Ah, police harassment, that unique combination of abuse of power and contempt for civilians, it’s why Israeli police patrol cars don’t say silly stuff like the LAPD’s “To protect and to serve,” or the NYPD’s CPR: “Courtesy, Professionalism, Respect.” It just says “Police,” and if you’re a minor from Yitzhar tormented by the remnant ire of an already deposed defense czar, you know that patrol cars only spell harassment.

At noon on Monday, the legal aid society Honenu represented the minor from Yitzhar against the police’s attempt to keep him in jail until they’re done prosecuting him for that late fax.

Petach Tikvah Peace Court Judge Hannah Schnitzer-Zaga refused to proceed with the silly hearing and compelled the prosecution to reach a livable compromise with the defense. So they did, and the minor from Yitzhar was released on the same terms as before, including having to send those faxes on time. Also, police were warned not to carry out those late night surprise visits they enjoy so much.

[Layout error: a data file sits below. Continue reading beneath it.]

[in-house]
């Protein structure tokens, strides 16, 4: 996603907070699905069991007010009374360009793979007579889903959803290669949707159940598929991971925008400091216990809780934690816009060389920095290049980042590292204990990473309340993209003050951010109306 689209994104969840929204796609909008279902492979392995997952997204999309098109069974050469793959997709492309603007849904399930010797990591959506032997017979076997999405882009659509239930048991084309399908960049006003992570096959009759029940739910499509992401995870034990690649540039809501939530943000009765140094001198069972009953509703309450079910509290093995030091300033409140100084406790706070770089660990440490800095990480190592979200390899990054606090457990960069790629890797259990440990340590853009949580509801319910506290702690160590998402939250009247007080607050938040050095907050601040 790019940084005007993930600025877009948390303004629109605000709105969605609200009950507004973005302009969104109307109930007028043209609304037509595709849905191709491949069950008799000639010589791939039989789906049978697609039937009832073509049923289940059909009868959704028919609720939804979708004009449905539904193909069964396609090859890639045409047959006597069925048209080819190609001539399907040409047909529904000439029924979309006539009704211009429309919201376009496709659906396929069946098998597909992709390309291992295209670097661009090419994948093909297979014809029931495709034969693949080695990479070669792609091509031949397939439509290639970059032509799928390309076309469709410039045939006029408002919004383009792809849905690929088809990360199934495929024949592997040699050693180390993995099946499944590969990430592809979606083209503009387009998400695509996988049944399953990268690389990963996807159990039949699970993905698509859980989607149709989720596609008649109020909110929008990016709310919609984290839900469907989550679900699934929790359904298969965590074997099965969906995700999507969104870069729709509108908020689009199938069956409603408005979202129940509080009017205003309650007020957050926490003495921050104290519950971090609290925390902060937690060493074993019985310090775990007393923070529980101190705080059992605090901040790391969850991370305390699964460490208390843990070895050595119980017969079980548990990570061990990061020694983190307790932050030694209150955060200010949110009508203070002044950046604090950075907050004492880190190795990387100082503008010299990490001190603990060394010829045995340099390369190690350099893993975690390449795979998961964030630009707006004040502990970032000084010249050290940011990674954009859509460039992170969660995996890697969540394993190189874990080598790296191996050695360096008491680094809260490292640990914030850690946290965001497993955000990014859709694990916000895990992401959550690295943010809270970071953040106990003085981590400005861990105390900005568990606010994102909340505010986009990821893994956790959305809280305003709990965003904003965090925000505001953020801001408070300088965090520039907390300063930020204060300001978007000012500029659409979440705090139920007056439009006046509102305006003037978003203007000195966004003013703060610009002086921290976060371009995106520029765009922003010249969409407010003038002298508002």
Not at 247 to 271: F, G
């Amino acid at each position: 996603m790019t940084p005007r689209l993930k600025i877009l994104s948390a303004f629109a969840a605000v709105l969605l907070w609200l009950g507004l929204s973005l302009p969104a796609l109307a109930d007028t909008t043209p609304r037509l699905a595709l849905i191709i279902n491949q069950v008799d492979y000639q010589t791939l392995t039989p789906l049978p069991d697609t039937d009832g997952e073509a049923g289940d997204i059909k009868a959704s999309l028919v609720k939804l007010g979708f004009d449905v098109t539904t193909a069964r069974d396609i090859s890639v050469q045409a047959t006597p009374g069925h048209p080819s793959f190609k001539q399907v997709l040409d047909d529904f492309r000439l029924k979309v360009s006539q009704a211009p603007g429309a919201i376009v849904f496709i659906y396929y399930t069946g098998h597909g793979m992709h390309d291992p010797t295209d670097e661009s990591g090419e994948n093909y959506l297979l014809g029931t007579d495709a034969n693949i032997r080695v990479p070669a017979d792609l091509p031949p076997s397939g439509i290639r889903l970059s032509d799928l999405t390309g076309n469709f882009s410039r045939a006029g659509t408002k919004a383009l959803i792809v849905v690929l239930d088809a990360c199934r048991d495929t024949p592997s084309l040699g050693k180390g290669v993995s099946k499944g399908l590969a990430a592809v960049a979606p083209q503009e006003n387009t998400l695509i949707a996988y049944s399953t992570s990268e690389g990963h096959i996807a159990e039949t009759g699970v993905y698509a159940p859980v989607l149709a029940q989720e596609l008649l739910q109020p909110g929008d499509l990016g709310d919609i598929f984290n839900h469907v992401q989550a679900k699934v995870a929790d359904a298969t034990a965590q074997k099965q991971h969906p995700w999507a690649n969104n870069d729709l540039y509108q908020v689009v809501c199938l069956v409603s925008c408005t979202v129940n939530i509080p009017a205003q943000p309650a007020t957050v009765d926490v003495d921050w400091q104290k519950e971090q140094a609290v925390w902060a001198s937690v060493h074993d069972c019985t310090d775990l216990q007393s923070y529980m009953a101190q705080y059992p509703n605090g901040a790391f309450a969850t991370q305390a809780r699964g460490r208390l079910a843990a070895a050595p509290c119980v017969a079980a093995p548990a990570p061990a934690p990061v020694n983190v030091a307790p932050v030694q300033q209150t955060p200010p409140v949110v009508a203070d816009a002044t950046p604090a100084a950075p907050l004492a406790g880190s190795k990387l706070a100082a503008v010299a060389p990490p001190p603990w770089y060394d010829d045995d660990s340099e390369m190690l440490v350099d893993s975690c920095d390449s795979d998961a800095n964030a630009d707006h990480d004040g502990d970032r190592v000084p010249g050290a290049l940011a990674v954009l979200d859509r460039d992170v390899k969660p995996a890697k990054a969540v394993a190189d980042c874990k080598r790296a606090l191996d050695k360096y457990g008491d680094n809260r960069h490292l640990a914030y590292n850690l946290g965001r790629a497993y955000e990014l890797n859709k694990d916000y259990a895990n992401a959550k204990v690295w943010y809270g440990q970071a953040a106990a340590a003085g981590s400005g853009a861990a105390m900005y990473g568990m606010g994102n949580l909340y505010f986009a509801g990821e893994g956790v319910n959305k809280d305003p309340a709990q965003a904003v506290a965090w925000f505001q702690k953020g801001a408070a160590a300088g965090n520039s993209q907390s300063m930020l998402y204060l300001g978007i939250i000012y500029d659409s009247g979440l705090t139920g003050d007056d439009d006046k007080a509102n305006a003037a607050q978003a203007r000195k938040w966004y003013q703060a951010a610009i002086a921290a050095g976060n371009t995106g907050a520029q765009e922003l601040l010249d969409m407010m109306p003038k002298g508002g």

Honenu attorney Chai Haber who represents the minor from Yitzhar noted that “it looks like all of the country’s security issues have been resolved, because otherwise it’s hard to understand why law enforcement is investing so many resources in harassing a 15-year-old boy with no priors.”

No one doubts that police harassment of the boy will continue. Attorney Haber related an incident when one night, when the minor from Yitzhar found himself without a place to sleep, he walked into a police station asking for help finding shelter for the night — so they opened a new case against him for breaking the terms of his release.